In fact, Rodriguez believes that, while admitting downsides do exist, the escapism of social media and the Internet is quickly becoming an invaluable tool to the ostracized youth of the world. "There will be bad examples of it and good examples of it, in every way, as there is with anything at any time," he admits. "But I think the coolest part, and one of the weirdest parts, is that people are no longer geographically obligated to be friends with the people that are around them. They can be friends with anyone they want to be. I feel like there are so many people that have grown up feeling misunderstood and not really connecting with people, and now they are able to do that. They aren't bound to the people that are around them. And there are people that resent that escape, but honestly, someone found a way to escape. That's tight. I think that's cool."

But while he does respect the escape, Rodriguez says that he and his So Pitted peers are entirely about transparency in their beliefs and personality, which is part of what makes them so special. "I don't think any of us have too much to hide," he says with pride. "I think there are a lot of people who are kind of hiding or there is a trick going on. Some people want to be a big band just to be a big band. It doesn't really work like, or at least I don't feel like it works like that. And I feel like we don't have any tricks."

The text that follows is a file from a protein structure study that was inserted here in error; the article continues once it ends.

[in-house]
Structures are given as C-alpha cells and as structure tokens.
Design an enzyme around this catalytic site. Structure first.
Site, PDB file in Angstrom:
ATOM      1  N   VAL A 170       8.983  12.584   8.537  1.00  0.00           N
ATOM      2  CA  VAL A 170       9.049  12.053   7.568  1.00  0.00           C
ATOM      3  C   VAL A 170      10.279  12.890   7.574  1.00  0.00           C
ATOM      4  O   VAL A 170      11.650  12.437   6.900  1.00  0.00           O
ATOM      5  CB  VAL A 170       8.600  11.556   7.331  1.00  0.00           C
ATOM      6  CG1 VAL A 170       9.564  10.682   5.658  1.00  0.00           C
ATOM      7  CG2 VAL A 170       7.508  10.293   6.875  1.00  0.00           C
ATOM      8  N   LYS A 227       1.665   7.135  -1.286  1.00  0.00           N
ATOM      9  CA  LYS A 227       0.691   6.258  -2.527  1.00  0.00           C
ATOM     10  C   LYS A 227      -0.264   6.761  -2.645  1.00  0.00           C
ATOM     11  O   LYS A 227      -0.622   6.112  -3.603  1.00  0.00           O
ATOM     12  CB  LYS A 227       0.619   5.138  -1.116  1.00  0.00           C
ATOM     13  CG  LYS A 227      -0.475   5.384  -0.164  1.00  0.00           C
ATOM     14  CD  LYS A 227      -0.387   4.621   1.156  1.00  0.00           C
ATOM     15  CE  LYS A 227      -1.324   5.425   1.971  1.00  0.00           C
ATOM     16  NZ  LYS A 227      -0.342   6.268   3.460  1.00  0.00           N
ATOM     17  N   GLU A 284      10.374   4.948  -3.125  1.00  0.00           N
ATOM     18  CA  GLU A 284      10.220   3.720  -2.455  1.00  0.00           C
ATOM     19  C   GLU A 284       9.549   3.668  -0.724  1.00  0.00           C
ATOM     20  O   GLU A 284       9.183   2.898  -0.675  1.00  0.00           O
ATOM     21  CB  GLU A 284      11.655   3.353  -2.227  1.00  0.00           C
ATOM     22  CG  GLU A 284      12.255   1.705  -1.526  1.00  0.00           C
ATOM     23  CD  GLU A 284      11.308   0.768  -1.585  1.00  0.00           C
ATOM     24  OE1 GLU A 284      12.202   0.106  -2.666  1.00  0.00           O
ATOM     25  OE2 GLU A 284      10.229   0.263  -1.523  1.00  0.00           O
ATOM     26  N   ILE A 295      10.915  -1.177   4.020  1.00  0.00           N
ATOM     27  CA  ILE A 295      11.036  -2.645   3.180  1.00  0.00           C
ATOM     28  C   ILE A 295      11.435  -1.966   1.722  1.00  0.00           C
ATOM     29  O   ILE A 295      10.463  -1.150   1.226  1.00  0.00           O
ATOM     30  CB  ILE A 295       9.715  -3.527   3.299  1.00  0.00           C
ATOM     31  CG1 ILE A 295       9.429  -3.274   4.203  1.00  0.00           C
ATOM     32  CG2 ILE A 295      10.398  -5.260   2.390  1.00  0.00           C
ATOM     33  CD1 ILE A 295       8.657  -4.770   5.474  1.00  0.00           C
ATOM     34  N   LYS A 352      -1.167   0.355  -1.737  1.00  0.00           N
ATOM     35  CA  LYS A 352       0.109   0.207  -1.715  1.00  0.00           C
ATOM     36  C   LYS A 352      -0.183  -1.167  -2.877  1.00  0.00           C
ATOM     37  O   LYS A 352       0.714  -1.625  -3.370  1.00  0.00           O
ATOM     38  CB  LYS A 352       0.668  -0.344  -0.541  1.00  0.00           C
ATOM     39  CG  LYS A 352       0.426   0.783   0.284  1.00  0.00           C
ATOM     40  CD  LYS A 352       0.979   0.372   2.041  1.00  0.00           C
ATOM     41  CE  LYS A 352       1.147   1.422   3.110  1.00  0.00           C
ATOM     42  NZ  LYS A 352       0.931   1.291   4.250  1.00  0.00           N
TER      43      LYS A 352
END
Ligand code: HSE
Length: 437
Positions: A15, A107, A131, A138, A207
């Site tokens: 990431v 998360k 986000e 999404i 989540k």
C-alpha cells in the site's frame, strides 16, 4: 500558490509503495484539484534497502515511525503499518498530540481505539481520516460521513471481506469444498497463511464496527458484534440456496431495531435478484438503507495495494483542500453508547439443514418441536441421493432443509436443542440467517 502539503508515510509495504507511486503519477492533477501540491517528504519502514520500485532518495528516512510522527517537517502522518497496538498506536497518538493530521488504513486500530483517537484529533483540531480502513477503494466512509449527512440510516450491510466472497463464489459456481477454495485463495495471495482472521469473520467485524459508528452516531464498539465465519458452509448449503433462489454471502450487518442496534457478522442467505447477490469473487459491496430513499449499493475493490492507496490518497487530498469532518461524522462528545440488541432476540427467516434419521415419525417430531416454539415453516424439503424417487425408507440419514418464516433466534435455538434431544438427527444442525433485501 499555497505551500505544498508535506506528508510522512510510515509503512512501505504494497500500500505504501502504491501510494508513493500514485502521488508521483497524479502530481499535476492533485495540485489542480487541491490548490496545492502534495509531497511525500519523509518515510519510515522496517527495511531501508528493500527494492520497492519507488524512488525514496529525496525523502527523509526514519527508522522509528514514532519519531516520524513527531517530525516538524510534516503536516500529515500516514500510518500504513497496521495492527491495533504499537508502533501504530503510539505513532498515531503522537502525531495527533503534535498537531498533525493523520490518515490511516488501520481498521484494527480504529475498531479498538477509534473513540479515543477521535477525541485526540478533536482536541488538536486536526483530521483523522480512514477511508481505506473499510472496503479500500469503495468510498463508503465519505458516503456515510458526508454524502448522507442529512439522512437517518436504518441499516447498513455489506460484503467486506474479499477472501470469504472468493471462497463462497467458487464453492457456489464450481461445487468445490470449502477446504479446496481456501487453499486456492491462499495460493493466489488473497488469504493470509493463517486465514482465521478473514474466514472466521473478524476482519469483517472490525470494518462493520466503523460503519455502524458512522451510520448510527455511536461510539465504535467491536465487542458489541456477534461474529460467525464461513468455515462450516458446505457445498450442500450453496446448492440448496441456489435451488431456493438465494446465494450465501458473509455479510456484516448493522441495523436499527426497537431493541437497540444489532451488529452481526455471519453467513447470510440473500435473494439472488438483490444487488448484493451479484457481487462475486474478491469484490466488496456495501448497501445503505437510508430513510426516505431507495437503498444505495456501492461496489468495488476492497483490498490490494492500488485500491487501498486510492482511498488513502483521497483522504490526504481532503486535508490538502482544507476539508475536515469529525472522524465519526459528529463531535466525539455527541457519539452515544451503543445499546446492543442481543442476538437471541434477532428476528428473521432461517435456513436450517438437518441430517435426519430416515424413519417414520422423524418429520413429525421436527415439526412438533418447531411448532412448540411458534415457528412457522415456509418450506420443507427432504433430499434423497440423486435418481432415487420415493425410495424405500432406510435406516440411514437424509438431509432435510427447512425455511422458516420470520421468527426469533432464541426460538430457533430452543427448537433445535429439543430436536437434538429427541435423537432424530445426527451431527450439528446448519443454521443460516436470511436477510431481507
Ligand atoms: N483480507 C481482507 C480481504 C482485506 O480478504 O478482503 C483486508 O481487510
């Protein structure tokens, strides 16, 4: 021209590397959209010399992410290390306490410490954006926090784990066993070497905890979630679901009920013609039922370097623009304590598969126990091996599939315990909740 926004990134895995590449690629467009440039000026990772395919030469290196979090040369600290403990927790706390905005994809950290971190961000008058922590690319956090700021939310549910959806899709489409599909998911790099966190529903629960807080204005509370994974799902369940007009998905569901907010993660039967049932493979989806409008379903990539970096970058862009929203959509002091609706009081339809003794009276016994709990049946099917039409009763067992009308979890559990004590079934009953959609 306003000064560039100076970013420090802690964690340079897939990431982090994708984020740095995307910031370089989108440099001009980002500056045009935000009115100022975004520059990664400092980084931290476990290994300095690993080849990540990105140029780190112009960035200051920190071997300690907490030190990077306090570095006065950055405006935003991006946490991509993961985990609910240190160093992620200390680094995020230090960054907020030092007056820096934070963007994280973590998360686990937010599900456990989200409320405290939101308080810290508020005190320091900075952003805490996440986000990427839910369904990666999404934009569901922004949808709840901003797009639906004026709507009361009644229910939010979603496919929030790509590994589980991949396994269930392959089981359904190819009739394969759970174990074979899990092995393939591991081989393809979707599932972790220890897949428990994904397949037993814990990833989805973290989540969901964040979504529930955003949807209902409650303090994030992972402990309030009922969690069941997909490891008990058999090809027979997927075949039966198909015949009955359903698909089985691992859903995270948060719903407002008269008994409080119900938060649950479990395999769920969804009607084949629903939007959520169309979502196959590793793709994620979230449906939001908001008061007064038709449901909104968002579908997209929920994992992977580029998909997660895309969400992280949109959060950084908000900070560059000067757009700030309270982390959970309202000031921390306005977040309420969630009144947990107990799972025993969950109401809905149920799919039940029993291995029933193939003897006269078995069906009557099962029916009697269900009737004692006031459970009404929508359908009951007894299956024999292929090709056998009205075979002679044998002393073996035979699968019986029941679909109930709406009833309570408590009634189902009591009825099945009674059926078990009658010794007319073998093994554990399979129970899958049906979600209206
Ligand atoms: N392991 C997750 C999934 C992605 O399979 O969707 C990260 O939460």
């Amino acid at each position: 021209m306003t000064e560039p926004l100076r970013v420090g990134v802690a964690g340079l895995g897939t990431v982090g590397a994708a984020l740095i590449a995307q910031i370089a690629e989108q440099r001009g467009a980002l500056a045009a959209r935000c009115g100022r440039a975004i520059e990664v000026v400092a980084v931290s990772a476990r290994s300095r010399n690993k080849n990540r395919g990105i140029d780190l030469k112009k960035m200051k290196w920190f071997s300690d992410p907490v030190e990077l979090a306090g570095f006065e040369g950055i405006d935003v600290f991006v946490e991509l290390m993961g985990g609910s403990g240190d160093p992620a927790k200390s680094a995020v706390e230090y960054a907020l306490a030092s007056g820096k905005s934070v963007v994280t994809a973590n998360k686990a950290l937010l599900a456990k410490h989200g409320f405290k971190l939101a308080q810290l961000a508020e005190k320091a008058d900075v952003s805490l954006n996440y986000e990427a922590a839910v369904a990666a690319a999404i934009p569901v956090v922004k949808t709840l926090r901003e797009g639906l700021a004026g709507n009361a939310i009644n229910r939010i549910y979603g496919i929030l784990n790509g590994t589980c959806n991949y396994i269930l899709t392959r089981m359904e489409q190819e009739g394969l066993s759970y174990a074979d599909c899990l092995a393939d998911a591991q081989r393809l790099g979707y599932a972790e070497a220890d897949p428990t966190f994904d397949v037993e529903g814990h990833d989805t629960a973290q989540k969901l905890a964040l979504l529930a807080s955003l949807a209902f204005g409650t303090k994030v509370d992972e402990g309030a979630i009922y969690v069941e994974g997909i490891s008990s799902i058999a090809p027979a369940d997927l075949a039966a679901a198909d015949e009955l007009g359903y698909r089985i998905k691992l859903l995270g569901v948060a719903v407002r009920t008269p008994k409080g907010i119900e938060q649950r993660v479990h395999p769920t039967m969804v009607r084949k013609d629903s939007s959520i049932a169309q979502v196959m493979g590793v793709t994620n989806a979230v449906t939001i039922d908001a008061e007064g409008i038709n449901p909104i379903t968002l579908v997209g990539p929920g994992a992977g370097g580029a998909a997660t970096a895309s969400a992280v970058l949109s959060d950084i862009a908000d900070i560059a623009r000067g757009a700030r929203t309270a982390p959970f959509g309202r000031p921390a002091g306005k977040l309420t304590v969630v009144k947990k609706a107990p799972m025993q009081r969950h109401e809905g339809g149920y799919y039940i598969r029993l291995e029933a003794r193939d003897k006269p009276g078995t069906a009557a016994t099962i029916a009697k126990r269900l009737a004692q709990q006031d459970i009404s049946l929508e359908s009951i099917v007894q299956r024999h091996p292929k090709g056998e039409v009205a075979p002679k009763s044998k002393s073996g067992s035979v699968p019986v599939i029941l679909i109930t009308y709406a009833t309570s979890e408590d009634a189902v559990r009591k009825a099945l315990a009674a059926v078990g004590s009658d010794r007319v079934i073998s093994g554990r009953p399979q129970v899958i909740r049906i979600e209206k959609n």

And although their debut record is fresh into the world, Rodriguez is eager to see where this exceptional opportunity for artistic authenticity can take him and So Pitted. "I want to explore art with So Pitted really deeply," he says. "I want to explore music and art with them. They are really interesting collaborators. That's the most interesting thing for me, hearing their perspective. Both Jeannine and Liam can push limits that I wouldn't push. I think that's really great. We are all really forward in particular ways. I think it's impossible for any person to be completely forward. I think in one direction if you're forward, you have to be pushing back in another way. So where I might be a little more reserved, Liam or Jeannine can fill that space or vice versa."

It has been a long time coming to neo's release date for the members of So Pitted, but with the amount of work and effort that has gone into it, it is the sweetest graduation Rodriguez has ever experienced. In fact, considering that releasing an album of this caliber is even rarer than graduating from school, I suggest that it is almost as if he has skipped straight to getting his Ph.D. "I'll take it," Rodriguez laughs. "I love Good Will Hunting."

neo is out now via Sub Pop.